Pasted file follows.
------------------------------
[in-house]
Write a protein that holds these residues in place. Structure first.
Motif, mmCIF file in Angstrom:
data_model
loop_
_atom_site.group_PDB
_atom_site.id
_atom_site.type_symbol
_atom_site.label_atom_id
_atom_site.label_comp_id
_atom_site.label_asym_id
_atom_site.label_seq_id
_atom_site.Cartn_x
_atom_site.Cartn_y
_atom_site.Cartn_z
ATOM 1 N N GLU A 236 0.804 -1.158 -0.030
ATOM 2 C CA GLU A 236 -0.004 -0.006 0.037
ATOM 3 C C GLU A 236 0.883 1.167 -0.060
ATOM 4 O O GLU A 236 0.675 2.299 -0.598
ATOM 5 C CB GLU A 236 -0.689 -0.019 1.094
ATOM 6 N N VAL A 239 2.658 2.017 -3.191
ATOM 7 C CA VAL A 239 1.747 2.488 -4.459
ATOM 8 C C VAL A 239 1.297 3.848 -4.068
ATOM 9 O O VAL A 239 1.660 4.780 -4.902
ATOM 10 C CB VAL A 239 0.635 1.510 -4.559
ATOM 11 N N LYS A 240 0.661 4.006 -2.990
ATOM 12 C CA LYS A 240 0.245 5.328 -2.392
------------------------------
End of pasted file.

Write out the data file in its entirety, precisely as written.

[in-house]
Write a protein that holds these residues in place. Structure first.
Motif, mmCIF file in Angstrom:
data_model
loop_
_atom_site.group_PDB
_atom_site.id
_atom_site.type_symbol
_atom_site.label_atom_id
_atom_site.label_comp_id
_atom_site.label_asym_id
_atom_site.label_seq_id
_atom_site.Cartn_x
_atom_site.Cartn_y
_atom_site.Cartn_z
ATOM 1 N N GLU A 236 0.804 -1.158 -0.030
ATOM 2 C CA GLU A 236 -0.004 -0.006 0.037
ATOM 3 C C GLU A 236 0.883 1.167 -0.060
ATOM 4 O O GLU A 236 0.675 2.299 -0.598
ATOM 5 C CB GLU A 236 -0.689 -0.019 1.094
ATOM 6 N N VAL A 239 2.658 2.017 -3.191
ATOM 7 C CA VAL A 239 1.747 2.488 -4.459
ATOM 8 C C VAL A 239 1.297 3.848 -4.068
ATOM 9 O O VAL A 239 1.660 4.780 -4.902
ATOM 10 C CB VAL A 239 0.635 1.510 -4.559
ATOM 11 N N LYS A 240 0.661 4.006 -2.990
ATOM 12 C CA LYS A 240 0.245 5.328 -2.392